A weekend in Birmingham on the Tolkien Trail

With the latest addition to The Hobbit trilogy being recently released on DVD, and the next instalment ready to grace our cinema screens in a few months, now would be a perfect time to delve a little deeper into the life of the author, JRR Tolkien. While he may have been born in South Africa in 1892, he had an affinity with the city of Birmingham since moving there at four years old and, as such, literary fans will love to explore the sights that have been linked to the writer’s Midland adventures.

The Tolkein Trilogy

The Tolkein Trilogy

It’s often believed that Middle Earth was based on the Midlands, so it’s only natural to want to see where Tolkien gained his inspiration. If you’re after a weekend break in the city so that you can see more, book with Travelodge and you won’t have to worry about spending more than your budget can allow on accommodation. The Tolkien Trail is the perfect way of exploring parts of Tolkien’s childhood, with highlights including:

Sareholl Mill in Birmingham Photo: Birmingham Museum and Art Gallery

Sareholl Mill in Birmingham on the Tolkein Trail

  • Sarehole Mill, situated in the village of Sarehole (which is often considered to be the inspiration for Hobbiton and The Shire), is a fantastic museum that pays homage to Tolkien. It’s believed that he, and his brother, used to play for hours near the mill. It’s only open for part of the year though, so make sure you check that it’s open before you visit to avoid disappointment.
Moseley Bog in Birmingham Photo: Peter Lewis on Flickr

Moseley Bog in Birmingham

  • Moseley Bog was once a mill pool and was the site of many an adventure for Tolkien when he was a lad. Nowadays, it’s a Local Nature Reserve and a perfect addition to your Tolkien itinerary if you’re a lover of the great outdoors. You can access it via Yardley Wood Road or the Wake Green Playing Fields.
  • St Anne’s Church on Alcester Street is where Tolkien and his family used to worship. Pop by during service hours and you can enjoy the interior beauty as well as the outside.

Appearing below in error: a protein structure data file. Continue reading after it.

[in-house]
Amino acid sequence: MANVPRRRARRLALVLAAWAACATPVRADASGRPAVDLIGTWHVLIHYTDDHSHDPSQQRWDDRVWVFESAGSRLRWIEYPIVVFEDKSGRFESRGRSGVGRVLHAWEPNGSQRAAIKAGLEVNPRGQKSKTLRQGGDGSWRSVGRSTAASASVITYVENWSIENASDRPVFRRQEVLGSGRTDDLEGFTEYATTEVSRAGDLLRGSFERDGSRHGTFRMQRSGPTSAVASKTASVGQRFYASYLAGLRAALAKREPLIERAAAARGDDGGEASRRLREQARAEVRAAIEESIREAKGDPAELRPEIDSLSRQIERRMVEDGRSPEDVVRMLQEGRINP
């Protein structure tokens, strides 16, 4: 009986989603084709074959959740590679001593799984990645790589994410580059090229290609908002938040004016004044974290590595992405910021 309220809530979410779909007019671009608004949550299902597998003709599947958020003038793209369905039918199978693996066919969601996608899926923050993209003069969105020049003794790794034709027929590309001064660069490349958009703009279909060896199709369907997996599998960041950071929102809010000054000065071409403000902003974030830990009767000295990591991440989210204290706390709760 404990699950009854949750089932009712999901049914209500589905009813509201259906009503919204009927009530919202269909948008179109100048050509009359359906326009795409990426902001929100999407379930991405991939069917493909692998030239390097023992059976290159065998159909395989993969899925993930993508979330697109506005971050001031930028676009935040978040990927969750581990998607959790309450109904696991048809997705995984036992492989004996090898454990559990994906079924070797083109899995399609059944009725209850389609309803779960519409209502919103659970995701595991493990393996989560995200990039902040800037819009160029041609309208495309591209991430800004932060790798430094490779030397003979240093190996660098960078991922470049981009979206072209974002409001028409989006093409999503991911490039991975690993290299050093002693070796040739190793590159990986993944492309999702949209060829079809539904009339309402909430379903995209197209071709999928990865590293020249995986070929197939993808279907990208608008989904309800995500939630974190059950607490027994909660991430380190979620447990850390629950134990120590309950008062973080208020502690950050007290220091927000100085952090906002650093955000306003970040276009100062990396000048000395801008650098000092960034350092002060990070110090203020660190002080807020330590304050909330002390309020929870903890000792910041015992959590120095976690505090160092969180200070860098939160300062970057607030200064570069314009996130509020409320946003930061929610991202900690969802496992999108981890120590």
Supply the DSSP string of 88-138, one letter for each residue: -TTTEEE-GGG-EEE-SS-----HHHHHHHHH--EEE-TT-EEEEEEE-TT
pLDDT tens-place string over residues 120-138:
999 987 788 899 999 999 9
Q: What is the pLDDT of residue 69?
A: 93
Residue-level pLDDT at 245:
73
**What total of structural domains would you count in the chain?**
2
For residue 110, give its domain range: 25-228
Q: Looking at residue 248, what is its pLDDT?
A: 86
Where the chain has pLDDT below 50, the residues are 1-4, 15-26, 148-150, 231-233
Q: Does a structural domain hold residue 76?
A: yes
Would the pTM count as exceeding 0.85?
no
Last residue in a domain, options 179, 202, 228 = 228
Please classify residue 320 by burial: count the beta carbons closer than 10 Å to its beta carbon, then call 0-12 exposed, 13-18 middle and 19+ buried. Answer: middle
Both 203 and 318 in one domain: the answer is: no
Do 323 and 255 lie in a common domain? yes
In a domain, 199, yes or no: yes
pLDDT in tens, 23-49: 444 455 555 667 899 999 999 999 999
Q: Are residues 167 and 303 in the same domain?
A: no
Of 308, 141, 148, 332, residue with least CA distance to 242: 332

• Perrott’s Folly stands near to the Edgbaston Waterworks, alongside a Victorian tower that, together, are believed to be the inspiration behind the Two Towers of Gondor – which, as any Tolkien fan will know, is the name of the second book in the Lord of the Rings trilogy.
Perrotts Folly in Brirmingham Photo: Tony Hidgett on Flickr

Perrotts Folly in Birmingham on the Tolkein trail

Whether you wish to head off on your own adventure, discovering these places and more, or you prefer to embark upon a Middle Earth tour with the help of a tour guide, the Tolkien trail is a must for any fan of this fantasy writer. These tours operate at various times during the year, so keep an eye on the Midlands Discovery Tours site if you fancy being part of the next one – you can sign up to receive email notification of when tickets for the next tour go on sale, and it’s recommended you do so, because they sell fast!

If you can’t wait for the next tour, there’s no reason why you can’t venture out on your own to see where the inspiration for Tolkien’s amazing literary works evolved. Incorporate it into your visit to Birmingham and learn more about Tolkien’s roots in The Midlands.

This article was brought to you in partnership with Travelodge.

Photo Credits: Sarehole Mill by Birmingham Museum and Art Gallery, Moseley Bog by Peter Lewis, Perrott’s Folly by Tony Hisgett, Tolkein Trilogy from TheHobbit.com

This article is originally published at Heatheronhertravels.com - Read the original article here

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An Insider’s Guide to Grand Cayman Island

In this article our guest writer, Catherine Stanley shares her love of Grand Cayman in the Caribbean, with glorious beaches, delicious local cuisine and flower-filled walks where you can spot the island’s wildlife.

If you have never experienced the Caribbean’s Cayman Islands, you should definitely add them to your bucket list. Having traveled to the Cayman Islands several times over the past few years, I have become very familiar with the three islands. Without a doubt, my personal favorite is Grand Cayman, the largest of the Cayman Islands. Whether you are on a family vacation of just spending time with a group of friends, Grand Cayman truly has so much to offer especially when it comes to the variety of activities you can experience.

Miles of Sandy Beaches on Grand Cayman Photo: squirrelmachine.org

Miles of Sandy Beaches on Grand Cayman

Adventure on the beach